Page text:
Since I've never blogged about this project, there's quite a lot to catch up, so I'm gonna make a first summary with all (or a good part of) the content I've captured so far.
Let's start by videos: here's a youtube playlist with all the videos captured so far
Open in Youtube
The playlist is ordered starting from the most recent going backwards in time, so the first videos are actually the last.
In addition to the equipment described in the previous post I occasionally am also able to take zoomed pictures with my DSLR cameras, a Canon EOS 700D at first, an EOS 80D more recently, and a Sigma 150-600 zoom lens.
These are the best albums so far
A few pictures taken before I started feeding them (back in January 2018), with an old telelens. The quality is pretty bad, actually, but I put it here anyway, as it's a nice memory.
Odin, the red fox
We didn't know she was a female initially (hence the name). She's a bit older than the other female shown in later pictures, and she hasn't shown up lately, hopefully just because she moved, or because she's pregnant.
Spelacchio and the snow
The only male fox visiting us (at the moment). The name is a joke about the bad fur on his tail in the most recent pictures.
He's easly recogniseable because of his bigger size, and the tail being all black.
Biscotta & Spelacchio
The first pictures show Spelacchio, with his all black tail with some bad fur patches on it.
The white pointed tail fox is Biscotta, a little and lively female.
Roughly more than a year ago I started this little project: feeding local foxes, that were already visiting very often our garden, mainly to try and get as many pics as possible.
When I started I just took occasional pics with a DSLR and telephoto lens, I then installed a first Raspberry Pi with an Infrared sensible camera and a single IR light to monitor the garden during the night, studying their habits and how to best interact with them. IR lights are essential to get a light source without disturbing the foxes (and the environment) with too much visible light.
As I started getting results, I started improving my setup times and times. Firstly I added more IR lights This is my current setup as it stands.
There are two raspberry pi cameras: one inside a waterproof box, getting closeups, the other indoors, with just the camera and its cable getting out of the window. There's a set of three infrared floodlights: the smallest two are visible in the picture, and they illuminate the balcony. There's a third one, much bigger, not visible in this picture, that floods the whole garden.
This is a 3D Printed waterproof box containing a Raspberry Pi and a Raspberry Pi Camera Noir (IR sensitive). Using MotionEye the raspberry can detect motion in video stream, and subsequently start recording.
Wide field camera case for another Raspberry Pi Noir camera. In this case only the camera is outdoors, the Raspberry Pi is indoors with only the camera cable passing through the window.
I call this the "Wide Field" camera, although technically the field of view is exactly the same (since the camera itself is the same), but the camera points to the whole garden instead of just the balcony.
The second Raspberry Pi
A wildlife camera, perfect for producing videos with sound. Although this camera gives much better results for videos, I still keep the two raspberries as they produce better still pictures.
This august I was able to go with our astronomical group to our usual appointment at Colle dell'Agnello in Italy, very close to France border.
The place is very dark, but the weather can often be a problem. Sometimes too windy, clouds covering the sky pretty quickly, sometimes even surrounding us (massive humidity, lens and mirrors getting wet).
During one of these nights I tried to get NGC7000, only to get inside a cloud right 5 minutes after finishing setting up everything and starting exposures.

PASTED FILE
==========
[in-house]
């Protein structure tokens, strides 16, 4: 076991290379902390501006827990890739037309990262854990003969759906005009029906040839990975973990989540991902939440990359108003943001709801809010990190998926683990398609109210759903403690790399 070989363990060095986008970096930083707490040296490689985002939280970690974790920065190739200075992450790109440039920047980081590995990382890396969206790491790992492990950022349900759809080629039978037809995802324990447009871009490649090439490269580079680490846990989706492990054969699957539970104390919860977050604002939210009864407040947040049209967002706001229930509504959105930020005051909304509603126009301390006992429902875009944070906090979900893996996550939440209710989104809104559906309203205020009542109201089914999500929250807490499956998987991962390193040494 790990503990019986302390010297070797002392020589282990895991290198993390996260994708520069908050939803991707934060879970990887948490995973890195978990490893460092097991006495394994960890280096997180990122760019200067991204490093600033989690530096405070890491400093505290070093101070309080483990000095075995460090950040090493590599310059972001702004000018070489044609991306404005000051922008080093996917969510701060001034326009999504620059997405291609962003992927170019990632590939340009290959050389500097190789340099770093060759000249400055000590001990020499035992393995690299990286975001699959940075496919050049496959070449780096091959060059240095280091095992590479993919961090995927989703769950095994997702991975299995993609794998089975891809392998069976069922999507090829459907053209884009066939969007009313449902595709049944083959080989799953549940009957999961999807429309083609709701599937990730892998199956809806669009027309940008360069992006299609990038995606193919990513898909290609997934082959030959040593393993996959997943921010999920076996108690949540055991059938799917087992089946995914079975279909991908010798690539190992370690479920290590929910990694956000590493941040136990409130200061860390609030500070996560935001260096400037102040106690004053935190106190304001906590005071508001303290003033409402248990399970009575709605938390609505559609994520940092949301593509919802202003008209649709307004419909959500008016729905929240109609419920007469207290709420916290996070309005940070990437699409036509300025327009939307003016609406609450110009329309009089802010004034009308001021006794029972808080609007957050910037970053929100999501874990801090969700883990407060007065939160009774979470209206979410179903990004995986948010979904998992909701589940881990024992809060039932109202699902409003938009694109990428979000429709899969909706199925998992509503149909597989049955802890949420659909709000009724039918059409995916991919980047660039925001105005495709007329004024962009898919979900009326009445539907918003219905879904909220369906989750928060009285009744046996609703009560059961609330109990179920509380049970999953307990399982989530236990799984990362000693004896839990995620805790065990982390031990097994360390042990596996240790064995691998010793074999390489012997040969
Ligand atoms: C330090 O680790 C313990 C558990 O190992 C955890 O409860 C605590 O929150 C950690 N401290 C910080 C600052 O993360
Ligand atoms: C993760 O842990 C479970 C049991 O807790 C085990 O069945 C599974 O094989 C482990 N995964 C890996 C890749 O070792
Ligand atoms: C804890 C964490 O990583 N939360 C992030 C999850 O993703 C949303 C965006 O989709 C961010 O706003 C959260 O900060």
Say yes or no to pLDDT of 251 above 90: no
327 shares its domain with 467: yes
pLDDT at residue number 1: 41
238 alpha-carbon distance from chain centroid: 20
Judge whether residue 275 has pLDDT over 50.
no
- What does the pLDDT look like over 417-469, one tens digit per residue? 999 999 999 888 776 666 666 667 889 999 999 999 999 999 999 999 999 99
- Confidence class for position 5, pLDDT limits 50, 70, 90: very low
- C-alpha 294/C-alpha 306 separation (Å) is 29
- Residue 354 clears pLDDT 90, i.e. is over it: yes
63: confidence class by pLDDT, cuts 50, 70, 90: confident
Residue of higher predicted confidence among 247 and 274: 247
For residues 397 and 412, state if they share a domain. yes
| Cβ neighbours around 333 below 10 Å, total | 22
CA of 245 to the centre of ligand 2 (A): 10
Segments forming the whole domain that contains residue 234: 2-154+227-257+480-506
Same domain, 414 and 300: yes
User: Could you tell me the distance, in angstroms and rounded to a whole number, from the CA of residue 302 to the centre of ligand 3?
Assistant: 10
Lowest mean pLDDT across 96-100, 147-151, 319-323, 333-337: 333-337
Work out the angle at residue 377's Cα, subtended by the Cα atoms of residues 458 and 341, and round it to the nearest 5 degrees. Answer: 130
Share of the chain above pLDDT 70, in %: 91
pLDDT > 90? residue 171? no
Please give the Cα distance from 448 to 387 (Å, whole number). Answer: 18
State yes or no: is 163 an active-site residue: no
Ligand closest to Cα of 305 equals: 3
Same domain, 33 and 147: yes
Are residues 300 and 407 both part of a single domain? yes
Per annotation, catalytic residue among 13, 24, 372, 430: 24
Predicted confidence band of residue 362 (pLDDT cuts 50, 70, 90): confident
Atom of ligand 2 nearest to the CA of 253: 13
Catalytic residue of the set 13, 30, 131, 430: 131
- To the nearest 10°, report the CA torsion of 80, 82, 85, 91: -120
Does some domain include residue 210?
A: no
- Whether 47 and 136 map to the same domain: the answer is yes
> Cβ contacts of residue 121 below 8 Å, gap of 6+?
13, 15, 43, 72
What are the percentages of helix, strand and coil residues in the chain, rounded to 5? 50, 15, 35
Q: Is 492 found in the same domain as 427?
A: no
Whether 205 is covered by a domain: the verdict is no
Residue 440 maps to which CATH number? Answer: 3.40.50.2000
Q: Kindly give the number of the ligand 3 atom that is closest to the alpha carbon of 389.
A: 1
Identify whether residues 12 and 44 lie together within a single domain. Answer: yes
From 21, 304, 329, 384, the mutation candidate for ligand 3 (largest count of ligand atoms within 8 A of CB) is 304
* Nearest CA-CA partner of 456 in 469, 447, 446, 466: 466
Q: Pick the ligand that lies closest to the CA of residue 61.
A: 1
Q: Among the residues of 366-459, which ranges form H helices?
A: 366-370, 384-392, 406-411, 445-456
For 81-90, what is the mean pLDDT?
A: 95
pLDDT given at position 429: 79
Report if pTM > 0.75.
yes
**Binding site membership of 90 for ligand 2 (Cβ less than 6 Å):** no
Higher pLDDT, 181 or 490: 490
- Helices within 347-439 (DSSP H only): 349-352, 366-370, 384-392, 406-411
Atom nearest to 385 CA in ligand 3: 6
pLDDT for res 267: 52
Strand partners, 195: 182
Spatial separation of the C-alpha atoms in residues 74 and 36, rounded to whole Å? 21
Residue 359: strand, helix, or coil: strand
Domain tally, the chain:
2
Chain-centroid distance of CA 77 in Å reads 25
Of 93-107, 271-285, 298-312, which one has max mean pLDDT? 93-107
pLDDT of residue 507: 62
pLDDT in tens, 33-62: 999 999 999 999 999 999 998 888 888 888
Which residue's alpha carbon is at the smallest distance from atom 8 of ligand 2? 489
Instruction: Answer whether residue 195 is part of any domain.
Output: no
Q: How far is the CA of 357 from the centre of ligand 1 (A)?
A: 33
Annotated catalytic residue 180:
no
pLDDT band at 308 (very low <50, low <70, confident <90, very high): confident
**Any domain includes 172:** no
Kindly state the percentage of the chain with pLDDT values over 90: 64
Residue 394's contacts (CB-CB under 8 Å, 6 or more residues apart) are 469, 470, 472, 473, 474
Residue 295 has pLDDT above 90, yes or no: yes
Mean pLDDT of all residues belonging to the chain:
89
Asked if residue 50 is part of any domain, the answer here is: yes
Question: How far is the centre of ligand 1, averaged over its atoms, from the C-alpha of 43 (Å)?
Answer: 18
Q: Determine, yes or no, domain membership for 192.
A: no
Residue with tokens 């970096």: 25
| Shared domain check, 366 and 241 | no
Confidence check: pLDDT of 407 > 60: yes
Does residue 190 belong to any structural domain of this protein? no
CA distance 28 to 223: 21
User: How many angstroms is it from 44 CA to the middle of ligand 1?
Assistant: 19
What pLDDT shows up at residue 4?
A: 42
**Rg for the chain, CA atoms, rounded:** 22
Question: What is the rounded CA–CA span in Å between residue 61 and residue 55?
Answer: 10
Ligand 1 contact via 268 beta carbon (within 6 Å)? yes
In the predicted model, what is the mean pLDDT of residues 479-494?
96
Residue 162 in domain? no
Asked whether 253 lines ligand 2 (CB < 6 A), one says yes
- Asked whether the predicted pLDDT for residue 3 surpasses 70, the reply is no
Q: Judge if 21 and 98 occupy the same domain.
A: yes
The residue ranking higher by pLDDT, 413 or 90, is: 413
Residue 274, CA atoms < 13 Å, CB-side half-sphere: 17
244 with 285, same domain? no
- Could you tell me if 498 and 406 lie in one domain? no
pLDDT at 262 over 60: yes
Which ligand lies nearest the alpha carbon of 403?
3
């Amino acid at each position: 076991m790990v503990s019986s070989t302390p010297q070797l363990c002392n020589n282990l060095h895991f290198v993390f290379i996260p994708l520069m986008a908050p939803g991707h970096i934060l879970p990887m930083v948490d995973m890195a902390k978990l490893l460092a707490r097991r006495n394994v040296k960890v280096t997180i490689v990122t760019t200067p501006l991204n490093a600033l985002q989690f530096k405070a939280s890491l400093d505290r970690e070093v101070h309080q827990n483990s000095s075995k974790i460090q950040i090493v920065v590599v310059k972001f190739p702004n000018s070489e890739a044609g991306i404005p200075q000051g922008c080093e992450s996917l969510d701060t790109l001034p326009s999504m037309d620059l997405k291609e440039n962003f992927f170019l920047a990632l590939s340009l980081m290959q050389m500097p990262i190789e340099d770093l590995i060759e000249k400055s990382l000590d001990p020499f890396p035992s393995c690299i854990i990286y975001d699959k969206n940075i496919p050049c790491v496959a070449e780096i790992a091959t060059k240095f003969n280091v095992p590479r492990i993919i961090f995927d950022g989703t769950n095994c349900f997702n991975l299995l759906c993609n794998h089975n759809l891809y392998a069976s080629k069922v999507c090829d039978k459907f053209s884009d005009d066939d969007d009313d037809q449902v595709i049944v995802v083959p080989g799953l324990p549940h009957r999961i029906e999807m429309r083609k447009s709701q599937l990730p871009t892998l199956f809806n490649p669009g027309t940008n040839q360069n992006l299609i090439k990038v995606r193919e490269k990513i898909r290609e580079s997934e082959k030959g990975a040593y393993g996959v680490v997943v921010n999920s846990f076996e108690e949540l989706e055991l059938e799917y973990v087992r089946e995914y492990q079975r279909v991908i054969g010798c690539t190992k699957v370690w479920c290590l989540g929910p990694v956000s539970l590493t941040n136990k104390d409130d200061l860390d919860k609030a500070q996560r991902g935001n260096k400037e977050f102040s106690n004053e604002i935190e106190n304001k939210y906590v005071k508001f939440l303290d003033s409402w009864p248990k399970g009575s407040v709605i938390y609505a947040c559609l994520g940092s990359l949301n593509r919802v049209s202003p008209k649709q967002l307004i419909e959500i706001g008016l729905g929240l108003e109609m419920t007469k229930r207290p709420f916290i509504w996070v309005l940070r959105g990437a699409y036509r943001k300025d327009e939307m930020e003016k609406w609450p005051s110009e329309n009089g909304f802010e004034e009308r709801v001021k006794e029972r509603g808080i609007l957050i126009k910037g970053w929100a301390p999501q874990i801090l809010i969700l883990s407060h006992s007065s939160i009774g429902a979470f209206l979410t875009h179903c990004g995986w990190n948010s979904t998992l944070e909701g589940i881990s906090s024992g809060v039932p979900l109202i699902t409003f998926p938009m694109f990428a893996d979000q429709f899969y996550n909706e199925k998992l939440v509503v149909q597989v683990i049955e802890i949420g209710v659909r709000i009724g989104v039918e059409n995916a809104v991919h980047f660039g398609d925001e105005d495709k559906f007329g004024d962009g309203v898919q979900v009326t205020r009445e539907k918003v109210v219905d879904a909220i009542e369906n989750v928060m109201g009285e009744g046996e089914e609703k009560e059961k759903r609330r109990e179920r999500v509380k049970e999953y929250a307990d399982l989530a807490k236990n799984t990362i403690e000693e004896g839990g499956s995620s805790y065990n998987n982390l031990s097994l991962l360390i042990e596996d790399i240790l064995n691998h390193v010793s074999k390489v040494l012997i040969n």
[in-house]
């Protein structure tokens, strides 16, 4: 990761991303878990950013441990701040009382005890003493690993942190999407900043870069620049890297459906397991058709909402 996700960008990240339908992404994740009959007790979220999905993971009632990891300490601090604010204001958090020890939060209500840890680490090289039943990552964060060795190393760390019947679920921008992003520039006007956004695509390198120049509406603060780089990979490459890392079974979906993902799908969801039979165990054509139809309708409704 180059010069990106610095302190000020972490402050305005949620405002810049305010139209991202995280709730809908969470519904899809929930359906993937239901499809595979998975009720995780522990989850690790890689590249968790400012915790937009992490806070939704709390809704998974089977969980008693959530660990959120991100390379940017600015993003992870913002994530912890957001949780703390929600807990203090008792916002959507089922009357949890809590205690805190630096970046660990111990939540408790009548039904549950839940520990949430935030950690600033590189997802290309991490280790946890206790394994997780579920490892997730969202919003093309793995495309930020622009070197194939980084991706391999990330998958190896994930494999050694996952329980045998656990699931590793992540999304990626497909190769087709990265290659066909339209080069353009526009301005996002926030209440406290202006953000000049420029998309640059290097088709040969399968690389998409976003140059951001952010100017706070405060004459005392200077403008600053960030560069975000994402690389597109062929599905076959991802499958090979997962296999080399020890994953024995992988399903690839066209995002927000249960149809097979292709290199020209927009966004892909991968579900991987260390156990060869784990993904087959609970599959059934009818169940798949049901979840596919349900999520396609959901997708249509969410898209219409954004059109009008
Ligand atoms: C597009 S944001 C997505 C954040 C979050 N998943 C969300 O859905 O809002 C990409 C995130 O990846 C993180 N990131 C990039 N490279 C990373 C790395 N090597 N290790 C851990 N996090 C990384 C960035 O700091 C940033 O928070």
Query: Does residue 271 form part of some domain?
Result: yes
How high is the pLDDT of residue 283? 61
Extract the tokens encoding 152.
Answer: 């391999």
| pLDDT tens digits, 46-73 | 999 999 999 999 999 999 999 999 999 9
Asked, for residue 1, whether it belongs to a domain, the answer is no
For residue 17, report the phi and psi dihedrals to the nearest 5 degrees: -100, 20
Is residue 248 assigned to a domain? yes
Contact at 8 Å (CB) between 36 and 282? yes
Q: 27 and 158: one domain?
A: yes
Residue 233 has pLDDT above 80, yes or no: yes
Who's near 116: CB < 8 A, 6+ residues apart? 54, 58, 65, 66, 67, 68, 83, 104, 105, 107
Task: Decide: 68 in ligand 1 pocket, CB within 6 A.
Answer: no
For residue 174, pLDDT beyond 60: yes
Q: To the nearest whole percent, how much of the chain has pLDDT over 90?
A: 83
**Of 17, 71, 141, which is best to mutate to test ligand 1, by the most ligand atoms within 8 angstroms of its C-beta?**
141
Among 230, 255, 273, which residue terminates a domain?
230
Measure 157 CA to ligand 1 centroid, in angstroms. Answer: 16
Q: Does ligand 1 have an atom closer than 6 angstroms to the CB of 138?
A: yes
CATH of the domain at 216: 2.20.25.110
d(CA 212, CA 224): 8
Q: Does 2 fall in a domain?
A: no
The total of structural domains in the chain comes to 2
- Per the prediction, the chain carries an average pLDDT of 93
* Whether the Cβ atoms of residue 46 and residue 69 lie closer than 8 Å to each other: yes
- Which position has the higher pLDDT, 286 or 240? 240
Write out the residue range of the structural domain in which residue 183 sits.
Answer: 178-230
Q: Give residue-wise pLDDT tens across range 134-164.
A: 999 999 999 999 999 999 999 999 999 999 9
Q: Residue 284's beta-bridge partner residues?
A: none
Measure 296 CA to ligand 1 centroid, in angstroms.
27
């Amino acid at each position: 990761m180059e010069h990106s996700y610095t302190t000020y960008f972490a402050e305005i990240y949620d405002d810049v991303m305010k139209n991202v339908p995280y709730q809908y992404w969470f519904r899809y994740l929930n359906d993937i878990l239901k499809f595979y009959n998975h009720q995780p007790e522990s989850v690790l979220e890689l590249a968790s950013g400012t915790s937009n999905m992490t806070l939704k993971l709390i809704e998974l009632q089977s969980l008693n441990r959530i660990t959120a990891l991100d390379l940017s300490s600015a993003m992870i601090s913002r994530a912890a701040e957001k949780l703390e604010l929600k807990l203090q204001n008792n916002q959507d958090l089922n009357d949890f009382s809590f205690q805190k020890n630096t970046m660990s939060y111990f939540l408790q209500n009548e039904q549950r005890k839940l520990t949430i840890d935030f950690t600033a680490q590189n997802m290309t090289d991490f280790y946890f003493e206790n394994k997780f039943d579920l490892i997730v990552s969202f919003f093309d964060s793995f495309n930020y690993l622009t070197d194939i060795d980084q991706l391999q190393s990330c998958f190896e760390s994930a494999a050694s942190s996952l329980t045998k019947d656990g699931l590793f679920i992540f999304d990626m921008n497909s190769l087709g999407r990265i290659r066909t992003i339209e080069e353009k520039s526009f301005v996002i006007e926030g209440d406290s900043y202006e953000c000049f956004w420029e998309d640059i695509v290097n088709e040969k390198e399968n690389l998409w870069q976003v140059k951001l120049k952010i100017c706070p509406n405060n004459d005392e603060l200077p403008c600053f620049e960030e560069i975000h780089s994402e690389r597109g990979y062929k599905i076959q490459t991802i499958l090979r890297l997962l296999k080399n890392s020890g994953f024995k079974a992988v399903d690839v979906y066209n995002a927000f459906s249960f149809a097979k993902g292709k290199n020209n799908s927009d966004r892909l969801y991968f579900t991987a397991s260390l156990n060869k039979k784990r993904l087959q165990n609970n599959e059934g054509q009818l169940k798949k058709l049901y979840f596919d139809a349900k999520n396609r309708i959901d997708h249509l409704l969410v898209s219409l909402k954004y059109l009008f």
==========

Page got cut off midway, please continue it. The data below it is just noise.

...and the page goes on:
It lasted a while, and I didn't have much time left, so I decided to get a quick shot at an old classic, M31.
Here's the result:
Roughly 2 hours of exposure (discarding a good portion of frames, so I stacked slightly more than 1 hour).
ASI1600mm (non cool) TS Photoline 60mm F/5.5 (with reducer, fl=260mm) Star Adventurer Processed using Pixinsight I'm not 100% happy about both the shooting and the processing, stars don't look very good when zooming in, but I quite like the fact that the core is not saturated, and some nice details can be spotted too.
Instead, the best result of this holiday was probably the timelapse of our days (and nights) at the shelter:
A classic astrophotography subject, startrails can show how much the celestial sphere rotates in just a few hours (in this case, 4).
This one in particular also highlights how many airplanes wander above our heads, you can see lots of them quite clearly, straight intermittent lines striking the perfect circles drawn by the stars.
This simple yet effective tecnique also has the side effect of allowing to build a timelapse using the very same set of images.
Technical data: Canon EOS 700d, Tokina 11m-16mm (at 11mm, F/3.2). ISO 1600, exposure 3 seconds, I also used a star adventurer mini to get pinpoint stars, although with this focal length it might have been a bit of an overkill.
I recently needed a cheap 2 in 1 laptop, both for having a smaller lightweight astrophotography laptop, and for general usage. I chose the iOTA 360, currently on Amazon for less than 200£.
It was a bet, since looking around I couldn't find anyone claiming a successful GNU/Linux installation on it, but with some work I managed to get pretty much everything working.
The following guide should help you installing any recent version of Ubuntu on the iOTA 360.
A lot of these instructions/tools (including EFI 32bit bootloader, and Screen Rotator) can apply to other 2in1 laptops as well
This is the first of a series of articles. As I'm always experimenting and tuning my setup, I'm not sure how many more articles I'll be writing.
A few years ago I began to introduce myself to astrophotography. I had some fairly nice equipment back then: a SkyWatcher HEQ5 mount, a Meade ACF 8", guide scope and camera, a borrowed reflex, laptop, 12v car battery.
Although this is pretty much entry level equipment, barely sufficient to getting started, it had been already quite expensive (almost 2000€ just for scope and mount, even though the scope was second hand), bulky and heavy. I ended up barely using it, both because of a relatively steep learning curve and because I honestly was getting tired of carrying around 20/30KG of equipment with barely any tangible result.